WASHINGTON – The chairman of the Senate Committee on Indian Affairs has offered his harshest rebuke yet against IHS officials over the way they have responded to a congressional investigation of alleged misdeeds at some of the federal agency’s regional offices.
“I am not satisfied by their response,” said Sen. Byron Dorgan, D-N.D., soon after a Sept. 28 SCIA hearing during which he revealed that IHS officials had withheld information that had been requested by his committee.
“I am prepared to issue subpoenas,” the senator said. “I have them on my desk; we’ll let you know.”
The chairman’s pledge came after IHS provided volumes of information on operations at area offices, especially the one in Aberdeen, S.D., in response to congressional investigations of mismanagement throughout the year.
But the information provided so far is not enough, according to Dorgan, especially in the face of what he sees as a serious omission involving the leave of a top official at the agency’s increasingly scrutinized Aberdeen office.
Dorgan explained during the hearing that he had received surprise information from sources who informed him that Shelly R. Harris, deputy director of the regional office in question, has been on paid leave for over a year. During that time, she has drawn a $125,109 annual salary, while under an internal investigation.
The senator was agitated that the information had not come from Charlene Red Thunder, the director of the office, and other top IHS officials. He said his office had asked explicitly for such information.
When Dorgan asked Red Thunder about the matter during the SCIA hearing, she responded that Harris had been “working from home” over the months, while being investigated. She would not say why the employee has been on leave, or why she did not provide the information to Congress when asked for it.
“It is very distressing to me,” Dorgan said later, adding that he has “serious misgivings” about Red Thunder’s leadership. He said he is curious why the deputy director has not been let go after all this time – time that Red Thunder has been overseeing the crux of the situation. He believes the question deserves an on-the-record response.
Adding to Dorgan’s questions about Red Thunder’s response, she said at one point during the hearing that her first language is Lakota, so she would need extra time to process his questioning on certain staff issues involving her leadership decisions.
According to Red Thunder’s biography, she has been with IHS since 1986 in various capacities. Some tribal leaders have expressed support for her work, believing her to be a strong reformer. Some believe that her efforts have led to retaliation from employees who may not like her leadership style, making her job more difficult.
Thomas Sweeney, a spokesman for the agency, later responded to the Harris situation, saying, “Owing to the Privacy Act (5 U.S.C. 552a), this personnel information cannot be made public.”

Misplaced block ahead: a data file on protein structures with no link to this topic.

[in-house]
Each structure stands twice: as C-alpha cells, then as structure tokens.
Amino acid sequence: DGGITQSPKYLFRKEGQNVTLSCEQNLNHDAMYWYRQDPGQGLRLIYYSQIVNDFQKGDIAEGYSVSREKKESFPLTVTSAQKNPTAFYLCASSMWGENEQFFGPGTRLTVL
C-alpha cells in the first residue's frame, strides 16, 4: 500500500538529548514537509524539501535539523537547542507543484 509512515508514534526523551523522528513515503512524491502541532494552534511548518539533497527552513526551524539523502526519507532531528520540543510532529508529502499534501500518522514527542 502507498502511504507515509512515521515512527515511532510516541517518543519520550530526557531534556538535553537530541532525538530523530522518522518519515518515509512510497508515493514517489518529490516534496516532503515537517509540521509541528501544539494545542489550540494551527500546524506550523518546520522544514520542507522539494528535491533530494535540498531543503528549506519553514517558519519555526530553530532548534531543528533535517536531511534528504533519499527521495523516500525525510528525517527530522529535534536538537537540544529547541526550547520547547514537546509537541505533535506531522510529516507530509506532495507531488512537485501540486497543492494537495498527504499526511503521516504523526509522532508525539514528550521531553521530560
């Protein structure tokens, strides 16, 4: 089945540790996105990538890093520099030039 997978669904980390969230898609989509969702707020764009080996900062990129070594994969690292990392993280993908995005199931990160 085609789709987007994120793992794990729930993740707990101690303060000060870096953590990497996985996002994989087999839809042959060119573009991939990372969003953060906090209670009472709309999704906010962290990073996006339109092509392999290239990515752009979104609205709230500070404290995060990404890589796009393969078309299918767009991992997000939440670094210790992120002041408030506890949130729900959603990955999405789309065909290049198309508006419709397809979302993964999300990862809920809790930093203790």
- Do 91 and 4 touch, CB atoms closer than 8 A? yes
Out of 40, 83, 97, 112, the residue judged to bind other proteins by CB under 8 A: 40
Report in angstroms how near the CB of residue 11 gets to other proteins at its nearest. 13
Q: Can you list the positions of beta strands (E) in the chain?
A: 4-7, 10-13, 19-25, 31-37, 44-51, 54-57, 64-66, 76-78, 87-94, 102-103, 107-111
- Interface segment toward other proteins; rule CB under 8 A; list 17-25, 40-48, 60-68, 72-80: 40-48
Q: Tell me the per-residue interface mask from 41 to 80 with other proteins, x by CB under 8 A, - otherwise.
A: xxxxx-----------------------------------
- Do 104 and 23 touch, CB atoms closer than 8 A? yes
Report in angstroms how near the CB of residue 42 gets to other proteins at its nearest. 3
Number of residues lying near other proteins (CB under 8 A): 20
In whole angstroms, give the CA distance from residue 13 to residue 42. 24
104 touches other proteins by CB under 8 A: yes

“They say that about everything,” the senator said later, referring to Sweeney’s personnel policy-based response. He added that Native Americans need to know why a deputy director has received a six-figure salary for so long without doing any or little work.
“The American people have a right to know.”
Dorgan added that some personnel information has already been provided through the course of the investigation, but the Harris situation seemed purposely left out.
The chairman has mentioned the possibility of subpoenaing information a few times already over recent months, so it remains to be seen if he will do so this time.
Beyond the withheld information, various management misdeeds have been alleged and uncovered at the Aberdeen office to date – many that are believed to have negatively affected patient care. The office serves more than 100,000 Native Americans on reservations in North Dakota, South Dakota, Nebraska and Iowa.
Initial findings from an ongoing Health and Human Services Office of Inspector General investigation indicate widespread dysfunction, including problems dealing with employees, untrained doctors and nurses, stolen drugs, and mismanaged billing.
Gerald Roy, a OIG investigations deputy director, presented the findings during the SCIA hearing. He said in his opening statement that he understands IHS Director Yvette Roubideaux and regional director Red Thunder “inherited many of these problems, and only had a short time to address them.”
Dorgan said his misgivings do not extend to Roubideaux, who became director of IHS last year, with his strong support.
“It’s too early to tell,” the senator said, mentioning her short time in service and the fact that she has “inherited a wealth of problems.” He noted that Roubideaux’ predecessor, Robert McSwain, was perceived to have issues responding to the managerial problems of the agency, which should serve as a cautionary tale.
While Dorgan remains supportive of Roubideaux, they part ways when it comes to Red Thunder’s leadership. The national IHS director endorsed Red Thunder during her SCIA testimony – a point spokesman Sweeney later underscored, saying, “As Dr. Roubideaux stated in her testimony, she has full confidence in Charlene Red Thunder and her work. …”
Sweeney also noted the testimony of Ron His Horse Is Thunder, director of the Great Plains Tribal Chairmen’s Health Board, who testified that he and tribal leaders in the Aberdeen area believe Red Thunder to be the best Aberdeen area director they have worked with.
As to what he will do next, Dorgan, who is set to retire at the end of his term in January, pledged to proceed strongly with his IHS investigation for the rest of his days in office.
“I’m going to do everything I can between now and the end of the year to see that this situation is resolved.”